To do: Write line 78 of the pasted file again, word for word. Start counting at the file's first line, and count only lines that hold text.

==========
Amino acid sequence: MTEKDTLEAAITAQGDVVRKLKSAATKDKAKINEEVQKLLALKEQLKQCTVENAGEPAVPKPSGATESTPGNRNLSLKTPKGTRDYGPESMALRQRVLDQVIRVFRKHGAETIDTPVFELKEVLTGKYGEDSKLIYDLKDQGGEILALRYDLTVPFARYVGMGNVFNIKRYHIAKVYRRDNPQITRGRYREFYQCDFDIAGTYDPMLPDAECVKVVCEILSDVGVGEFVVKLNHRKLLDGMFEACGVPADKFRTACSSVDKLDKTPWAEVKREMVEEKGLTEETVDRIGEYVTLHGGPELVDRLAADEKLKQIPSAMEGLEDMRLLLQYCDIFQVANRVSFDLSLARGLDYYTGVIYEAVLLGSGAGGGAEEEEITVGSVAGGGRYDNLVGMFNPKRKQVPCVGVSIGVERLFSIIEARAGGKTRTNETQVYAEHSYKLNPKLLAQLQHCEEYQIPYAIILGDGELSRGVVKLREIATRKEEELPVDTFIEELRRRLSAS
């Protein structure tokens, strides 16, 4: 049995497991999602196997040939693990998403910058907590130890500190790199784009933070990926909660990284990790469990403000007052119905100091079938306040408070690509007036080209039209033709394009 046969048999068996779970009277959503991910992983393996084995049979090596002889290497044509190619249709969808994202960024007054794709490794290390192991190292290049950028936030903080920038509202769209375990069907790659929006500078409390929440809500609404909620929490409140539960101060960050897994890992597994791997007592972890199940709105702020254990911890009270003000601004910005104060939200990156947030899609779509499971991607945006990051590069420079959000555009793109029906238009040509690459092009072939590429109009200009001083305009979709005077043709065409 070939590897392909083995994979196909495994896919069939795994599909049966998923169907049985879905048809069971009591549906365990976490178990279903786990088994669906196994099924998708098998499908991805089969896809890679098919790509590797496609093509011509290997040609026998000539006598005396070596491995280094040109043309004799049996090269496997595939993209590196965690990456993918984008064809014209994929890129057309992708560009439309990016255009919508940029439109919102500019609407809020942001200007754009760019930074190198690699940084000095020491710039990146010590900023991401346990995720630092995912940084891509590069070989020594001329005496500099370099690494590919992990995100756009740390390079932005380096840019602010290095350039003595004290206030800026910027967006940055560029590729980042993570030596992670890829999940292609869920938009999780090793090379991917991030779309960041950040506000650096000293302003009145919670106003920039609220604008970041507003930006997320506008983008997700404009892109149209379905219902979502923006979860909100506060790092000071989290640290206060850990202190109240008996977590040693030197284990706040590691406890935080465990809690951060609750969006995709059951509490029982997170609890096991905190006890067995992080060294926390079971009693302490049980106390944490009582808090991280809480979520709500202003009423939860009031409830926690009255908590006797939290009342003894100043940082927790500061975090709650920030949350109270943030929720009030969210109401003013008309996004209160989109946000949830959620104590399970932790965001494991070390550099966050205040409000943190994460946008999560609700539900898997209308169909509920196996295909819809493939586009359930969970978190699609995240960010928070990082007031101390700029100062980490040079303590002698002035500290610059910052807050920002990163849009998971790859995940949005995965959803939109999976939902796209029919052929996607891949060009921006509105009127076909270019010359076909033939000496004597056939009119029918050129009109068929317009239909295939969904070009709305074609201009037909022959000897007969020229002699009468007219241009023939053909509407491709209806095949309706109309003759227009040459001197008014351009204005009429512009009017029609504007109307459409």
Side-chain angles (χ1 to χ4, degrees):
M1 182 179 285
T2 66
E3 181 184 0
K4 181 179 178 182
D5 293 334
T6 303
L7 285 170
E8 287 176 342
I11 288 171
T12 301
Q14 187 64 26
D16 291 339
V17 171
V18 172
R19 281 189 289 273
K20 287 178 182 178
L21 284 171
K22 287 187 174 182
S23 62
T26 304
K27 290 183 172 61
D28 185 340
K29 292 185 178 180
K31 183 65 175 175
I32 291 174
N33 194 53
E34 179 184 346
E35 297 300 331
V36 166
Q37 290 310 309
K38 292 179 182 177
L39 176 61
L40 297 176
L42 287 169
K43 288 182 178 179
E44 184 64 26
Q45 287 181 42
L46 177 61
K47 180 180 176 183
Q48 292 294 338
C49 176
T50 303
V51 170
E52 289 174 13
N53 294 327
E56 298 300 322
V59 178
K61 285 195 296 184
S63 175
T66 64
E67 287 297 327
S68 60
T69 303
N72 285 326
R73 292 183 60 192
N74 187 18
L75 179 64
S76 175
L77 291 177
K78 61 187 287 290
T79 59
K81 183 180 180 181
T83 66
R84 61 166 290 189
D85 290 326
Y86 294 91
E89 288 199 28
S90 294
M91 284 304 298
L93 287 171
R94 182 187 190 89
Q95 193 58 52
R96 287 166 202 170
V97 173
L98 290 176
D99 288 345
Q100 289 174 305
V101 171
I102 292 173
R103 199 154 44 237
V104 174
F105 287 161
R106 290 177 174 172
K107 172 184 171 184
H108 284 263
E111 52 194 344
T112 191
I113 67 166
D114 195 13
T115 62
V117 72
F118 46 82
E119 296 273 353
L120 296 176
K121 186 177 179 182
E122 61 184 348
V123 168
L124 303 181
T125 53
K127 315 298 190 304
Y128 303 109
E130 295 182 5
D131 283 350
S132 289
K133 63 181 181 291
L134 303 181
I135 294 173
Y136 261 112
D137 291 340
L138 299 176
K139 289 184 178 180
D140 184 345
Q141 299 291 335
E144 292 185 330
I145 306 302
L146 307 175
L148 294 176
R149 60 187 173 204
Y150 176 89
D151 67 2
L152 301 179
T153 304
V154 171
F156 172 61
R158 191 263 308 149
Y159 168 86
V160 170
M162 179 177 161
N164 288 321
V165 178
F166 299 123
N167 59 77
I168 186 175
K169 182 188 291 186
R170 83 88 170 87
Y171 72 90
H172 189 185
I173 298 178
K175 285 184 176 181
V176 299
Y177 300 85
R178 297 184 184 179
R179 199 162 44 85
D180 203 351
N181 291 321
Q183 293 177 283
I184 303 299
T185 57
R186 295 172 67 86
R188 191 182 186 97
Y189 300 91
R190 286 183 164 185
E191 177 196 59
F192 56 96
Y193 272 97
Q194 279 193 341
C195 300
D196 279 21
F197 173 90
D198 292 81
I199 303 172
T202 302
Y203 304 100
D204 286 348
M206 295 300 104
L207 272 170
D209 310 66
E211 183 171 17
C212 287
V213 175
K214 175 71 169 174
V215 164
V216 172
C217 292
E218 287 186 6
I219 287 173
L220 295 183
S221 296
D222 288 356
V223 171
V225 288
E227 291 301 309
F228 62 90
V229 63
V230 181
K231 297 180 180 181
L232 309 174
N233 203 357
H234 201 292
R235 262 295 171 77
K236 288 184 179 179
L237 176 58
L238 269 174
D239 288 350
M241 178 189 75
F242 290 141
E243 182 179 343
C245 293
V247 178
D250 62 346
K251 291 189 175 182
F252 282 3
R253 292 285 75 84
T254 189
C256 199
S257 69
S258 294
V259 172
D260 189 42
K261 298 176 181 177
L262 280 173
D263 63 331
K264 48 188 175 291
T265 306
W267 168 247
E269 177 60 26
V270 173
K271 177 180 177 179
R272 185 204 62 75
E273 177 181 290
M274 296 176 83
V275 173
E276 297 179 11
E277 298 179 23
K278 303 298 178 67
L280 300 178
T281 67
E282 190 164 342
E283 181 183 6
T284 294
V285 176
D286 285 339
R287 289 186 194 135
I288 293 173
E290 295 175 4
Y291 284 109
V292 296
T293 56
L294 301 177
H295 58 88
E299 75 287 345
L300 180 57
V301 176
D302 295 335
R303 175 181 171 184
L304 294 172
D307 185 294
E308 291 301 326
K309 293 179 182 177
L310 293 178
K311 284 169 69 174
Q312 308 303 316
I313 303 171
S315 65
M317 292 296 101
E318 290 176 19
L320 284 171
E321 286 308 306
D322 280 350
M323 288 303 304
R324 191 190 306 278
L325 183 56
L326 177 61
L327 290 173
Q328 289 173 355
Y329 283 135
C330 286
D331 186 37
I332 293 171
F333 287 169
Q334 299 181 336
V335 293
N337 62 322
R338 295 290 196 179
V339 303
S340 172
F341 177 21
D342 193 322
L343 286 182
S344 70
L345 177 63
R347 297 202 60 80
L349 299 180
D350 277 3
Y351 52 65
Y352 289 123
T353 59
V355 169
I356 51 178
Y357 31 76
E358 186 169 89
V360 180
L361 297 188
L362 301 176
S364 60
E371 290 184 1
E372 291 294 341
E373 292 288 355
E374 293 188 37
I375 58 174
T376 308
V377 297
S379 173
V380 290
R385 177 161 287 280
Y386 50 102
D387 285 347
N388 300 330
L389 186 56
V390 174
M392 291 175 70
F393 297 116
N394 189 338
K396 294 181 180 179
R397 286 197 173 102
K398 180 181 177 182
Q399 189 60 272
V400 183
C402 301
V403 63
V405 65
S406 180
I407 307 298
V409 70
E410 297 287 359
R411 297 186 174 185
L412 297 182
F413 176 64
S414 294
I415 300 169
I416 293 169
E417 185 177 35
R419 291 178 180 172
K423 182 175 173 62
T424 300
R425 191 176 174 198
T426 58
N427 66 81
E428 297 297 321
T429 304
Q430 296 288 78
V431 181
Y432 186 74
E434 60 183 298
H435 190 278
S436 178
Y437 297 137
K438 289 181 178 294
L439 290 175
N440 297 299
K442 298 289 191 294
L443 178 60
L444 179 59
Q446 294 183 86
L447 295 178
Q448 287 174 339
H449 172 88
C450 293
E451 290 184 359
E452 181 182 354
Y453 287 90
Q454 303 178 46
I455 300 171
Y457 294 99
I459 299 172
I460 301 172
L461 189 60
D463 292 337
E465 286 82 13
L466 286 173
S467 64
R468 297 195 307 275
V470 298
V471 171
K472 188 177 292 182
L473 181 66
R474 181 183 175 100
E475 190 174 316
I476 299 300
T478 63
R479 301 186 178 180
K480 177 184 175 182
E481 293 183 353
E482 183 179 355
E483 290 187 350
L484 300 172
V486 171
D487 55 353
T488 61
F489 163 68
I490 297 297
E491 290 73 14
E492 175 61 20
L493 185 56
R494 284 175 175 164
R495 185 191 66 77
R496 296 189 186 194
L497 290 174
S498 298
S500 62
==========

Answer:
L98 290 176